Can a 77-Year-Old Survive Elective Surgery?

Musings on getting a total knee replacement

W Goodwin

In the predawn hours of a Pandemic morning, my partner Jan is driving us through mostly empty streets toward the surgical wing of one of south Denver’s major hospitals. Medical magic is about to be enacted upon my 77-year-old body.

Lost inside my head, I hardly notice the dark world passing outside the car. The fact that I am not actually nervous rolls around in my mind. I think back to all the long hikes I’ve done, especially those months in the Himalaya. I imagine keeping a 7-minute-mile pace over decades of trail running. I wonder if kicking those scuba fins through thousands of dives contributed to the osteoarthritis that has devastated my knee’s articular surfaces. I mentally review the MRI images revealing the undeniable result of so many pounding miles, stressful movements and destroyed shoes, and I picture the bone-on-bone image of pain and non-functionality that has brought me to this moment.

We arrive and I am thankful to discover the usually bustling medical complex seems quiet at this early hour. Jan stops the car and hurries around to my side. Being a septuagenarian with a bone-grinding knee joint, I accept her strong assistance as I get out of the car. I hobble into the empty lobby on my secondhand OPW (Old Person’s Walker, my crude name for the support device I actually do need). I experience another flash of gratitude recalling how Jan anticipated this and bought the walker for me at a thrift store for seven dollars.

I watch my dear Jan drive off towards the parking structure she remembered to scout yesterday. I am the only patient in the admittance area. After the hour-long preadmission two days ago, I’m not surprised to discover the polite and friendly attendant behind the virus shield is expecting me. The majority of my experience with hospitals has been as a visitor so I’m all eyes and ears and intensely interested in everything. Waiting for Jan’s return, I peruse the large electronic board listing today’s schedule for the operating room multiplex. For some reason I’m amused to discover I’m the first of about three dozen major surgeries scheduled here today.

Jan reappears and we meet an all-business but chatty nurse named Molly who leads us through a door. Looking like three masked bandits, one with a walker, our trio traipses through halls lined with various rolling beds and equipment clearly staged for serious purposes. We arrive at the pre-surgical area where I’m confronted with half a dozen bays each filled with hi-tech beds and copious amounts of monitoring equipment waiting behind open curtains.

Molly indicates one of the bays and I step in. She slides the curtain to provide the three of us with what passes for privacy in a hospital. In a blink I’ve exchanged my street clothes for a fabulously simple, open-backed smock. “All the better to allow the medical wizards access to all my parts,” I think, more sardonically than morbidly. The smock’s bright yellow and red plaid seems intentionally calculated to mark this person as not a medical professional while confirming for me and any observer that my conversion to submissive patient status is complete. Jan and Molly assume (correctly) they how have the go-ahead to mother-hen me. Jan takes charge of my “effects” while Molly directs me to the fully computerized bed-on-wheels that will also serve as my ride to the operating room. I am just making myself comfortable, a truly relative term, when my epidermis receives the first of numerous piercings to come. In a flash I’m hooked up to an intravenous drip taped to the back of my right hand. Molly then clips a pulse oximeter to an index finger and a blood pressure cuff on my arm. Then, after confirming the most basic fact with me, she uses a permanent marker to write “THIS LEG” above the correct knee. My surgical look is complete. I’m confident my left leg will be unmolested. I’m committed. I’m ready.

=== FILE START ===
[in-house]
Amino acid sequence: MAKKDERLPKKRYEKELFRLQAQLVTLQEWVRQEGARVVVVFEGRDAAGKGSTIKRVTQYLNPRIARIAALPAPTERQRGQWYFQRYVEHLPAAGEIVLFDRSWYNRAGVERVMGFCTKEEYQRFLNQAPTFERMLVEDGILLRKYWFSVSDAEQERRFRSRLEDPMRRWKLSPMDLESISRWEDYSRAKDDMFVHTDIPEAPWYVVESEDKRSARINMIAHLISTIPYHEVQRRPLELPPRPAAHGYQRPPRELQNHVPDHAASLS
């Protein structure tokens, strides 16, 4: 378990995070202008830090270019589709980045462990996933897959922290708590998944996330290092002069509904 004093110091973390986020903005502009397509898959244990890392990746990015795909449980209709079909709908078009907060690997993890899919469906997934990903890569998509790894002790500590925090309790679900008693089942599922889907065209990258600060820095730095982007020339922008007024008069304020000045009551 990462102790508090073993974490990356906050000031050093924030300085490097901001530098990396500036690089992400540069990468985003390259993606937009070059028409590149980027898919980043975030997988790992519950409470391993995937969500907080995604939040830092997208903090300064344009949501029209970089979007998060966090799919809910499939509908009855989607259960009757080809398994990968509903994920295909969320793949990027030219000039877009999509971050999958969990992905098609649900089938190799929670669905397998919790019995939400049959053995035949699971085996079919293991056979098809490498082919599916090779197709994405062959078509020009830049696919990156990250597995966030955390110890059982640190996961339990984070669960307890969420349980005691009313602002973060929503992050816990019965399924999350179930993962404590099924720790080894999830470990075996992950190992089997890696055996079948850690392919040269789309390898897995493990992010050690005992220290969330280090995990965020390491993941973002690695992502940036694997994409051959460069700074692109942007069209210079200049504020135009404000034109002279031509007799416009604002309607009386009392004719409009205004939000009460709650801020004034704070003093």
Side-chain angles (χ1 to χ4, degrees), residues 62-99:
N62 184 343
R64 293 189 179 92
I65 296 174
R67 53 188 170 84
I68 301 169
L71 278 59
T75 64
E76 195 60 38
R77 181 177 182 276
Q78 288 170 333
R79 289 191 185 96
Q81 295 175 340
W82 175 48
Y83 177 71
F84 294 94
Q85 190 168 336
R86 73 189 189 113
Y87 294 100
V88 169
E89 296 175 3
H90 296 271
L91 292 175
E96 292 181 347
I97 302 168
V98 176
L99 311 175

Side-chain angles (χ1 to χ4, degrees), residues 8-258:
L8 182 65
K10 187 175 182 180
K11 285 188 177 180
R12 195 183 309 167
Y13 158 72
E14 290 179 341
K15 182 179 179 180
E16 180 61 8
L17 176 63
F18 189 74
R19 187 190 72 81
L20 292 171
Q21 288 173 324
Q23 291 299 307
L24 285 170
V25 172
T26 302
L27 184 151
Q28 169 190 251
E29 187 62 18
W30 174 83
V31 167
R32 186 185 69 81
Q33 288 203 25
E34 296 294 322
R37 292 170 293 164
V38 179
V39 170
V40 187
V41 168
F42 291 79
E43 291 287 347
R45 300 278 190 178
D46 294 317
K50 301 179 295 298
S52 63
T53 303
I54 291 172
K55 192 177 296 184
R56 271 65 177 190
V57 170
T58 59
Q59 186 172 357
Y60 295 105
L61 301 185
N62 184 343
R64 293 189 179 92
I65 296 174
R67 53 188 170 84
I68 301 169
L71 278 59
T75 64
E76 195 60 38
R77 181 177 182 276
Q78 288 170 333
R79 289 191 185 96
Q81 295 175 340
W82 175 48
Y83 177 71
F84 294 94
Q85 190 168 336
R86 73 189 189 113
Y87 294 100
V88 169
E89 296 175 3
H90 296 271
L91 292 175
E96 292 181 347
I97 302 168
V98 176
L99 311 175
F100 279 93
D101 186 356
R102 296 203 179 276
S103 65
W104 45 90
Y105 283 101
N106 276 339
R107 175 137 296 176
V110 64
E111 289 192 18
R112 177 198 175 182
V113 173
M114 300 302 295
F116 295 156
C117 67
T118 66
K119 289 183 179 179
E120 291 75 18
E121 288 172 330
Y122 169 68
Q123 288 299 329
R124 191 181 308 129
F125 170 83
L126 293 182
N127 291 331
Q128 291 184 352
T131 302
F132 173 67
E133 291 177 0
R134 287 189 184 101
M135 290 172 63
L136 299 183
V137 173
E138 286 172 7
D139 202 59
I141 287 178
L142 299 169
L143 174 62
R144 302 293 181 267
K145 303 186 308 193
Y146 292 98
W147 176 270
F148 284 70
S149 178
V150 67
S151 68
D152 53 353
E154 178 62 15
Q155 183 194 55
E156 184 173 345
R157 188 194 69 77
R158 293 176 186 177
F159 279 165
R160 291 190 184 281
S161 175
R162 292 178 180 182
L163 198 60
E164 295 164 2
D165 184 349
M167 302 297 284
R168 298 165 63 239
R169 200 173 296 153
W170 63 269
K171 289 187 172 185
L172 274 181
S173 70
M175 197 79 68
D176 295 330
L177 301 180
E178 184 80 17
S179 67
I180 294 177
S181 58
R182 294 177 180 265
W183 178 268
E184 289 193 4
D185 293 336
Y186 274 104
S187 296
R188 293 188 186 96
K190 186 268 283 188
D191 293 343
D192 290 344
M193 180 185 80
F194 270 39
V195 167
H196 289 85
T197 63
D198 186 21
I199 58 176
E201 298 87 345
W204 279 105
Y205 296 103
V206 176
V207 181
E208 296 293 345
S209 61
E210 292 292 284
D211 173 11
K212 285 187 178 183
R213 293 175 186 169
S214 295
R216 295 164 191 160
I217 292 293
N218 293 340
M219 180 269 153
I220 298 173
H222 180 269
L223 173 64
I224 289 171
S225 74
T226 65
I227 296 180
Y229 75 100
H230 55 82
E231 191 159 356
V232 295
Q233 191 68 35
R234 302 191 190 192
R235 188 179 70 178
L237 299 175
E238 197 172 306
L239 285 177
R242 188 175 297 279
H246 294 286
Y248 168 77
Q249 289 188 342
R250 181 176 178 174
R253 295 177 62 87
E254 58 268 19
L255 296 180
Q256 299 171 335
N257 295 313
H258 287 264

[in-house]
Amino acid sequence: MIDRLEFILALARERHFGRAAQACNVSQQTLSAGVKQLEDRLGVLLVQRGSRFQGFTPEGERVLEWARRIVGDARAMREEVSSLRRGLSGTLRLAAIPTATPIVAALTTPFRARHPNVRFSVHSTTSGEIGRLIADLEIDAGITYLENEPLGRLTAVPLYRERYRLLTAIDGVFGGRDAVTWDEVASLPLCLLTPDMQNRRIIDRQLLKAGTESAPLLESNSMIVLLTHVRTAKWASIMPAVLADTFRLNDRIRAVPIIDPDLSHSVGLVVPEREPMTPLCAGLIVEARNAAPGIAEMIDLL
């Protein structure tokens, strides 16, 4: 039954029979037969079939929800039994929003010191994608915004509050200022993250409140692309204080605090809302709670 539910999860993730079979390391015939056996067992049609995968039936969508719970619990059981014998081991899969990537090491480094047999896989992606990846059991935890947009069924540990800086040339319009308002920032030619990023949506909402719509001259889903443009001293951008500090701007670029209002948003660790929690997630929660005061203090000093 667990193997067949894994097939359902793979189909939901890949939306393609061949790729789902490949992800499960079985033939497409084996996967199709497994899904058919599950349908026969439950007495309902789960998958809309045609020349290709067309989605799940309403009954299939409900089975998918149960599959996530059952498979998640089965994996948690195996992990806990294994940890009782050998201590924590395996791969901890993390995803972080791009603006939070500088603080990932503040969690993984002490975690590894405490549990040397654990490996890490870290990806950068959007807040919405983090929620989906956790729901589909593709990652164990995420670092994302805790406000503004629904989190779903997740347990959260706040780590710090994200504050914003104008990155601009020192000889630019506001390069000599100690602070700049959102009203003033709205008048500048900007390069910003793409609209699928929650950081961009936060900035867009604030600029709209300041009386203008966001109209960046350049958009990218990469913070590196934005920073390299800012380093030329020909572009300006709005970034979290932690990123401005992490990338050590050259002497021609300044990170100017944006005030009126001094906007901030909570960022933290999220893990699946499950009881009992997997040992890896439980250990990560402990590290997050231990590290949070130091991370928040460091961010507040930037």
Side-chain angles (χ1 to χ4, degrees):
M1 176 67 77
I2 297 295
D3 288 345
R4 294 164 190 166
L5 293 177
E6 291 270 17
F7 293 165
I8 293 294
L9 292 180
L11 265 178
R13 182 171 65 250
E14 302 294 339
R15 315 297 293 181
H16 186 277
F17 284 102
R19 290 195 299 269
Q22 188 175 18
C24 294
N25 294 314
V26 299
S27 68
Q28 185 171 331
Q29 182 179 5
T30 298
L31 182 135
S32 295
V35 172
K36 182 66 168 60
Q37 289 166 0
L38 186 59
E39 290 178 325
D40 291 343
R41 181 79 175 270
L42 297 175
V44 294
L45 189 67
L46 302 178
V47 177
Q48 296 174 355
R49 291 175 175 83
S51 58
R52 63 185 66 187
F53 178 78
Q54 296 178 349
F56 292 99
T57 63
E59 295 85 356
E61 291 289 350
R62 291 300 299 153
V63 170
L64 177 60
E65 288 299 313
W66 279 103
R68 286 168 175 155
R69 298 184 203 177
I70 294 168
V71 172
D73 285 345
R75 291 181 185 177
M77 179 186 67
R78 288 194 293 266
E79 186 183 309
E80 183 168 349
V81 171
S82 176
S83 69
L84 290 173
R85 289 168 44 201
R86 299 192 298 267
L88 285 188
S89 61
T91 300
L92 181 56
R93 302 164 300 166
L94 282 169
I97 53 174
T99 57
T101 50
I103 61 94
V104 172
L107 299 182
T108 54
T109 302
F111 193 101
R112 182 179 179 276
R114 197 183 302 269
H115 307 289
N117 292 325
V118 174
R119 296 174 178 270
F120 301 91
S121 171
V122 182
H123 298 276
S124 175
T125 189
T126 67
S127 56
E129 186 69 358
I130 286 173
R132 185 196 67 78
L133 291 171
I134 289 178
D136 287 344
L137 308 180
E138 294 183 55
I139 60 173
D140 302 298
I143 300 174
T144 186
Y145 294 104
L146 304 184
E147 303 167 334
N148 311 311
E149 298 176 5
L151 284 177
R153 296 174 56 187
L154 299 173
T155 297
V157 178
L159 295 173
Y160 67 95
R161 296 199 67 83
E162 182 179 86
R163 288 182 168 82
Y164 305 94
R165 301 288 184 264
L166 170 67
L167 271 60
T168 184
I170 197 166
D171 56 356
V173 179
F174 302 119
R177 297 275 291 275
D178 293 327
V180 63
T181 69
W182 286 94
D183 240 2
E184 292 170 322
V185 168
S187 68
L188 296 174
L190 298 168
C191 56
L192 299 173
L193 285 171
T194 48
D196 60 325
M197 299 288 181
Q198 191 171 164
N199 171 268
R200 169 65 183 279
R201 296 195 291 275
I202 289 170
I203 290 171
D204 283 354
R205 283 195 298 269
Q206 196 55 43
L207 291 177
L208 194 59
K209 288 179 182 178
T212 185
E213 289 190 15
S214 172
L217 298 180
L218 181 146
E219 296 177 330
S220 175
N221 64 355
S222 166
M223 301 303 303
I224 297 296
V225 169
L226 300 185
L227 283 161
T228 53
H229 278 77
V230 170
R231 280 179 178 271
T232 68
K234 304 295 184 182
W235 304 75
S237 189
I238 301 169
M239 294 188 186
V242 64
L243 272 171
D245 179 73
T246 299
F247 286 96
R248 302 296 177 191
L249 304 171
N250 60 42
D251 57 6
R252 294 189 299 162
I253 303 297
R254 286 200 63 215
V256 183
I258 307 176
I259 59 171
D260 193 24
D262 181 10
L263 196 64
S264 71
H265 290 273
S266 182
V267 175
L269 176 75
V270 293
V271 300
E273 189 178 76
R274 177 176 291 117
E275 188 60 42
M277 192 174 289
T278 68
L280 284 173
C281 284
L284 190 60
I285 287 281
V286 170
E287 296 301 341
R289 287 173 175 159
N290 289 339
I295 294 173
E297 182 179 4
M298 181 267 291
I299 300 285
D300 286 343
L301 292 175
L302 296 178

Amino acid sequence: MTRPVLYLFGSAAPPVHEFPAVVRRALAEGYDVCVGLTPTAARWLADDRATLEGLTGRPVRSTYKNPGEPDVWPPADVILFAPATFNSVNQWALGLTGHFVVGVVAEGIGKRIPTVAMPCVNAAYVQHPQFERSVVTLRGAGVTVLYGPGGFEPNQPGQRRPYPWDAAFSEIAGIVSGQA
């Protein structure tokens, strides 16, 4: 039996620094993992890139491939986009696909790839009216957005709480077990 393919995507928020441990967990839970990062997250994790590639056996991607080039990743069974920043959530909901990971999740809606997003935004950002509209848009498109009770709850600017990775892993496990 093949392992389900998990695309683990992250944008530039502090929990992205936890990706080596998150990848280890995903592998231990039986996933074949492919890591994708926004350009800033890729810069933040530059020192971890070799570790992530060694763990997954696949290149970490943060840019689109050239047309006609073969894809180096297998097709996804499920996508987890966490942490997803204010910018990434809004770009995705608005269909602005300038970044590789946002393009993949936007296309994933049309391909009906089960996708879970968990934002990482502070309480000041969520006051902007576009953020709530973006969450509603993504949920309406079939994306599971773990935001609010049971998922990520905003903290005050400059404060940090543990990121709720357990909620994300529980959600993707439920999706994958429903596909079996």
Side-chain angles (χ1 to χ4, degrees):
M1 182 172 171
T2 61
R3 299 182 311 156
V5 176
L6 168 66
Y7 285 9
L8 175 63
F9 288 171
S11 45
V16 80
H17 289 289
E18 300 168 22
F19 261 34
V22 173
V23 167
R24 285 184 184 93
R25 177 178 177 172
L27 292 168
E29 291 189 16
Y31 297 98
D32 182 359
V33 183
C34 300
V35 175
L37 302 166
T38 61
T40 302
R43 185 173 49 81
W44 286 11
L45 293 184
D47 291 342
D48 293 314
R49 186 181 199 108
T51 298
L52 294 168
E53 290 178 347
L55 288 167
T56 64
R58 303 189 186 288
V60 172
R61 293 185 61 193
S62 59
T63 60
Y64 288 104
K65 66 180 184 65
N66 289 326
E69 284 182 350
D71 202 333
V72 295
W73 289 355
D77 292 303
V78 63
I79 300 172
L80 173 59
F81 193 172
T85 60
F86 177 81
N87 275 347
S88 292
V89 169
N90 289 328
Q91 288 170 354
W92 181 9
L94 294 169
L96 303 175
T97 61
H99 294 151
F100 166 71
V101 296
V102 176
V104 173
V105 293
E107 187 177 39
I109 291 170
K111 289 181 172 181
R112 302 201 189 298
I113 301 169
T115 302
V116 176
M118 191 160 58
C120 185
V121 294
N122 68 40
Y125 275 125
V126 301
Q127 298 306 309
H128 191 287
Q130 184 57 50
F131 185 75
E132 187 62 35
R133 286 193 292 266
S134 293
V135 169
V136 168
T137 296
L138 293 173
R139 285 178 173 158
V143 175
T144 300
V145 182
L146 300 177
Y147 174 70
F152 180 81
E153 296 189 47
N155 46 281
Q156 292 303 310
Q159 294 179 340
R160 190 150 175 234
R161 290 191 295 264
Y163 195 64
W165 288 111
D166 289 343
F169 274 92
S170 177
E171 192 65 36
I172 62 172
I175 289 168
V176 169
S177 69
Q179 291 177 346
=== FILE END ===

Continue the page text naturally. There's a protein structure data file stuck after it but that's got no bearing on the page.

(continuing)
The curtain opens and the anesthesiologist appears. Tall and slim, he introduces himself in a sanguine tone while discomforting me with his shifty eyes. He injects an unnamed calming agent into the I.V. access port and I begin slipping into something like mental quicksand…

Jan is, as always, my soothing goddess, but it seems like they’re asking her to step out. A group of people in scrubs crowd into the small space, surrounding me. They all seem fully versed in my reason for being there and they engage in an abundance of overly cheerful banter intended, I suspect, to put me at ease… as if the drug in the I.V. needs any help. Apparently some signal goes off because all at once brakes are released and I’m rolling out of pre-op. From behind me I hear Jan’s adieus until a bevy of bodies eclipses her voice. Where did all these folks come from? It seems it also takes a village to transport a patient to surgery but I feel more like a movie star with my entourage. I’m aware of other unidentified people watching me as I roll by in my electronically-enhanced bed on the way down a hall towards, presumably, a bright and dramatic operating room with my name on it.

Voices echo. New faces appear and disappear. I suspect the contents of the I.V. have been altered and I’m hallucinating a little. A nurse (or maybe an assistant or orderly, who knows?) is staring at me and we lock eyes. There’s a peculiar expression on her face and I notice she’s not wearing a mask. Even in my altered state I wonder how that can be. The thought fades as other people appear, all in masks, and I swing my gaze around to see who else is here as my flying bed moves through swinging doors. My deranged thoughts return to the no-mask woman who was looking so intently at me and I compulsively look around for her. There she is, still staring at me with what I now take to be a mocking sneer. Though I’m already chemically influenced, I sense I should be concerned about her expression. Later in an opioid trance I’ll become convinced she wants to hurt me or at the very least she gets a perverse pleasure from watching patients go under.